road safety

Winter Safety, how to set off safely in winter

Checking the conditions of your car and tyres can avoid unpleasant surprises during your journeys this winter season

Home life sustainability road safety Winter Safety, how to set off safely in winter

Making the appropriate checks, before each journey, guarantees you'll travel with peace of mind. Checking the efficiency of your car and tyres is essential for your safety. In cold seasons, the weather conditions and the high probability of facing journeys made more challenging by rain, snow or ice, require the car to be in perfect conditions.

Stop by a specialist centre

Smiley faceThe advice is to carry out a general check on all aspects of the vehicle. This will not only reduce the chances of unforeseen events, but also the risks to both personal and other people's safety. Specialised workshops will examine the major components of your car, like the brakes, checking the oil level in the circuits, the brake calipers and discs, the engine and the hydraulic system to make sure that all key components are working as expected.

Tyre health

Alongside the health of your vehicle, the health of your tyres is just as important, as they are the only point of contact between the vehicle and the road surface. You need to check the condition of the tread, any damage, excessive wear and all the problems that come up on a tyre: not a single aspect should ever be underestimated.

As for the tread pattern, which consists of channels and blocks, it can no longer hold a wet or slippery road appropriately when there are only 4 mm of depth left. Hence, checking your tyres once a week can fend off probable safety risks. Doing this before reaching the limit shown by the wear indicator is quick and easy: simply take a 2 Euro coin (or a 1 Euro coin on summer tyres) and place it in a groove. You should not be able to see its edge. If you can, it is time to go to a tyre fitter.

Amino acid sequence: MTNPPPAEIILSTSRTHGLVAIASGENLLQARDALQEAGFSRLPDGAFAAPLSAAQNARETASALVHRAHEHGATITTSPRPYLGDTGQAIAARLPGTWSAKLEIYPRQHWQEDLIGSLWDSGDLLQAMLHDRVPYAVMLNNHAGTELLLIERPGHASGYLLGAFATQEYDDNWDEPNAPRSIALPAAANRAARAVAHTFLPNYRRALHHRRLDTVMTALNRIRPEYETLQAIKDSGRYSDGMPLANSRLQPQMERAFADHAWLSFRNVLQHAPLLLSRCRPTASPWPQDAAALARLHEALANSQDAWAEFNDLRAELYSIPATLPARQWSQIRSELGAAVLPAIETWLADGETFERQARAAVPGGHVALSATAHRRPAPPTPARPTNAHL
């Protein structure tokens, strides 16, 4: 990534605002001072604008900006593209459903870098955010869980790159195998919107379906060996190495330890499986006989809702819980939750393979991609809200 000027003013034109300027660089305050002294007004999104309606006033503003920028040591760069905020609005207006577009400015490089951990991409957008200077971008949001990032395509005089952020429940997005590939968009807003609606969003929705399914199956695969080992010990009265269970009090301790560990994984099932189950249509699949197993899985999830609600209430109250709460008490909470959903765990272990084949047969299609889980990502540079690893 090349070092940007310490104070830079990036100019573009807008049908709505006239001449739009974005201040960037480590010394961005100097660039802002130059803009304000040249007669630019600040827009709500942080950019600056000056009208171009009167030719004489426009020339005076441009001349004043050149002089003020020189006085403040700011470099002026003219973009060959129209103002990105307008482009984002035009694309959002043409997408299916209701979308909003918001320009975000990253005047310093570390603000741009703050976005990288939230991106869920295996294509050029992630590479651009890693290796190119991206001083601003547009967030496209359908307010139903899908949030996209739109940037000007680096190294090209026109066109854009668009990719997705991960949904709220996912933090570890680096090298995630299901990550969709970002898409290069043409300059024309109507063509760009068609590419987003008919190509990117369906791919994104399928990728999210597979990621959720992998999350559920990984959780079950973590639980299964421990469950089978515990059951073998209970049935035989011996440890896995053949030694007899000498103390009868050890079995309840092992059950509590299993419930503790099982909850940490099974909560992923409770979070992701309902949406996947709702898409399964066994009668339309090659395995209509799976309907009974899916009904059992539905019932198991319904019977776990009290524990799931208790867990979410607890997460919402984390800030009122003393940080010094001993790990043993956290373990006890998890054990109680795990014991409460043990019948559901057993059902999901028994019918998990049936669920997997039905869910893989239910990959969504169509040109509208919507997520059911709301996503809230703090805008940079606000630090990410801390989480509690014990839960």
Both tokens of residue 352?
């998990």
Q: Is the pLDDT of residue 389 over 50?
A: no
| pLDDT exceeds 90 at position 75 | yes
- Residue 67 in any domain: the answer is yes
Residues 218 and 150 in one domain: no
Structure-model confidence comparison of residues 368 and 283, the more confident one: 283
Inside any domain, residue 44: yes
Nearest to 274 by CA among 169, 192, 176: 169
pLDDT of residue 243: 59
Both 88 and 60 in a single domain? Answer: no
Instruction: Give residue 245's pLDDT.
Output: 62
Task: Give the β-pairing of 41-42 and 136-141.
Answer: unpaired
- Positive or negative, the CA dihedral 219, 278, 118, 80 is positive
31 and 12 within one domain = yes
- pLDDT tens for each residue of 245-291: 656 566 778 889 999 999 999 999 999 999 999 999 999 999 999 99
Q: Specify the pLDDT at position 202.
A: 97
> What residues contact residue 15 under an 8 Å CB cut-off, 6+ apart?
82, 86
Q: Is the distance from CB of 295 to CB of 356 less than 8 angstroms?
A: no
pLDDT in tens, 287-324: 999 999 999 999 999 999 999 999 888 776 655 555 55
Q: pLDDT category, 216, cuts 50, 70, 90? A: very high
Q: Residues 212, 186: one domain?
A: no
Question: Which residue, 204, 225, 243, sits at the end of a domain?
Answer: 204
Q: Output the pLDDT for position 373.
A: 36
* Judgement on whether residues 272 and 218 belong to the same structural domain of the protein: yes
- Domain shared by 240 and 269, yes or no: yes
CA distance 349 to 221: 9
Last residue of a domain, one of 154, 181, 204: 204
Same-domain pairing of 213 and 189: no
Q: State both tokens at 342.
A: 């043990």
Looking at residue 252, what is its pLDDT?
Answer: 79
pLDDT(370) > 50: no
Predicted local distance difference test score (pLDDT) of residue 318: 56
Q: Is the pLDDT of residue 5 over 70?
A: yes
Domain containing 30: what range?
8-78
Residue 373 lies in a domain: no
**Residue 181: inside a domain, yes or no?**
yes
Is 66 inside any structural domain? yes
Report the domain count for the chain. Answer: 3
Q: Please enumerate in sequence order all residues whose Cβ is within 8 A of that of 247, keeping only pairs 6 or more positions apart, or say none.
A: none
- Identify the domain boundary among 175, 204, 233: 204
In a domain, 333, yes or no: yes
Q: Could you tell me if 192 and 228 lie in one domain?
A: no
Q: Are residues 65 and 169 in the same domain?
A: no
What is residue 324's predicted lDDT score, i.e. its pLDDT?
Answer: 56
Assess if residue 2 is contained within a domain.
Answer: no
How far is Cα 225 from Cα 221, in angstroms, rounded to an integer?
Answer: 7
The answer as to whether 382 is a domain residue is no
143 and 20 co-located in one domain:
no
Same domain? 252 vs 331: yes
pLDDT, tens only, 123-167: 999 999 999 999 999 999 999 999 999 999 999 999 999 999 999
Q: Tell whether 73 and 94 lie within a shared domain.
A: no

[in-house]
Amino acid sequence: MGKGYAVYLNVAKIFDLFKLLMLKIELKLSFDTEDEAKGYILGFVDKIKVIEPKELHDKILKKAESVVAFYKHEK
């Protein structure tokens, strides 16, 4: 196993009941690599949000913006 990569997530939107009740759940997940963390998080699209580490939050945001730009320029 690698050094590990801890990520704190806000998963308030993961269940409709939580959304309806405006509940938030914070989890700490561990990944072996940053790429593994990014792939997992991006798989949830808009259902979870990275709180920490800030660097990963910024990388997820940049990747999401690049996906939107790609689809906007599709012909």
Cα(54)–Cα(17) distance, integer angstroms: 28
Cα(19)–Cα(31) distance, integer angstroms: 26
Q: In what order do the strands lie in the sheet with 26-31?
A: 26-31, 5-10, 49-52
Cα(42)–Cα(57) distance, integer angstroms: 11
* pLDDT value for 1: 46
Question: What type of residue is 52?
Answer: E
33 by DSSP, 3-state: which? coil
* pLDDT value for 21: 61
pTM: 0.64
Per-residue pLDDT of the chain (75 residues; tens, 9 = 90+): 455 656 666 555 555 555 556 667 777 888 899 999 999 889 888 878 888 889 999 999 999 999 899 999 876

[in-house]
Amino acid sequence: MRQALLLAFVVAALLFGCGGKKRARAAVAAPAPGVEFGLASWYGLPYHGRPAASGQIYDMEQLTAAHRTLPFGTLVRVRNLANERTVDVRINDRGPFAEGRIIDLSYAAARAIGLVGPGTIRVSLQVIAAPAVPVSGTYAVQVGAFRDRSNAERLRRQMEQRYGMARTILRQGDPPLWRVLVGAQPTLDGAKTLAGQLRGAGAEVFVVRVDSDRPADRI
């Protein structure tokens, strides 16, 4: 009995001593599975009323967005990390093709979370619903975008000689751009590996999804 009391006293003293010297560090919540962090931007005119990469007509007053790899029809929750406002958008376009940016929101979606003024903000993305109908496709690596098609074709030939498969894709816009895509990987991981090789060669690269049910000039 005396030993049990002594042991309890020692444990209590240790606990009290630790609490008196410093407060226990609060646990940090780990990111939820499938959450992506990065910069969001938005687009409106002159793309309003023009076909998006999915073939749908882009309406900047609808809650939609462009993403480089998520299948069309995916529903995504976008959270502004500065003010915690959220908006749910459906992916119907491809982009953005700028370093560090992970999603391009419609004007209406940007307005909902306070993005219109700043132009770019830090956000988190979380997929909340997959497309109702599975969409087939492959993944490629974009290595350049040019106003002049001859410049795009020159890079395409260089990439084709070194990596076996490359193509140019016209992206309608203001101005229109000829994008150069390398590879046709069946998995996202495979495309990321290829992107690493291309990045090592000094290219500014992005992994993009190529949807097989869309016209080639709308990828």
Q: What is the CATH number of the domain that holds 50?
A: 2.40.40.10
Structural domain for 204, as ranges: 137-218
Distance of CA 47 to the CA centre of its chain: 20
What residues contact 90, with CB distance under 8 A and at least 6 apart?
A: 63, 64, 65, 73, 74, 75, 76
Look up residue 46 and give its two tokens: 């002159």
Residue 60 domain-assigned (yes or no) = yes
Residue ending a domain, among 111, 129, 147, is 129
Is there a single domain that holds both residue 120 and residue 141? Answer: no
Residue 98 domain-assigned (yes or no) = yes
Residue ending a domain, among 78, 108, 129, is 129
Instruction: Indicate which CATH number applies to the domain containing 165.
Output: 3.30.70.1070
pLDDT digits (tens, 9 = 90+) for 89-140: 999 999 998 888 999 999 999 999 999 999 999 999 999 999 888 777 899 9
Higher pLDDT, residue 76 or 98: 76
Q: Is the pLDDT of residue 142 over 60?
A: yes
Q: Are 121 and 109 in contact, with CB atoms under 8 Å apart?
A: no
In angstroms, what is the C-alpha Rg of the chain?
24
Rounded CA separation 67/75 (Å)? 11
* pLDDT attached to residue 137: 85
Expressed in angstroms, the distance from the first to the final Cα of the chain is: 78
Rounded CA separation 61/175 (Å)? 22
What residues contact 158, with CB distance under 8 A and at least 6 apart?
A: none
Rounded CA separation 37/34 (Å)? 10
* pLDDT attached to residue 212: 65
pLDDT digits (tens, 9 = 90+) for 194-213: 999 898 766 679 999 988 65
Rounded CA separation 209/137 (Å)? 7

Also worth reading: How to identify worn out tyres

The rubber sidewall is critical as it can be damaged by scraping against the kerb while parking or could be punctured by sharp objects run over while travelling. It is advisable to check these areas as well before starting off in order to detect any tears or suspicious bulges, and have an expert evaluate the situation and suggest the right solution.

Tyre pressure

The pressure level of each tyre is equally important. Excessive wear, for example, may be caused by an underlying unnoticeable mechanical problem but is more likely determined by incorrect inflation pressure. In all cases, it is advisable to go to a tyre specialist once every six months to check toe-in and uniform tyre height, appropriate compound alignment and balancing and to certify efficient road behaviour with the goal of avoiding potential safety and road holding risks.

Excessive wear on the tyre edge could be indicative of inaccurate wheel balancing or alignment. Excessively low or high inflation pressure, compared to the value required and stated on the vehicle owner's handbook for the type of vehicle, may cause evident anomalous wear on both edges or in the middle of the tyre.

The spare wheel

Thoroughly check the spare wheel too, if you have one. Although it may appear to be in good shape because you have used it just once or maybe never, remember that a tyre usually loses its efficiency after ten years. It is therefore advisable for it to be in good condition, in case you need to use it, and you should also make sure the tools you have available to inflate or replace a tyre are all there and in perfect working order. You might, for instance, puncture a tyre or have another issue without being able to reach a service centre right away.

Under these circumstances, as you wait for the rescue vehicle to arrive, make sure you pull over safely in a dedicated parking area, ensure everyone present is calm and that there are no other issues to deal with. After donning the high-visibility jacket so that approaching motorists can see you on the open road, place the emergency warning triangle about one hundred metres back from where you have stopped and wait for the road rescue service to come.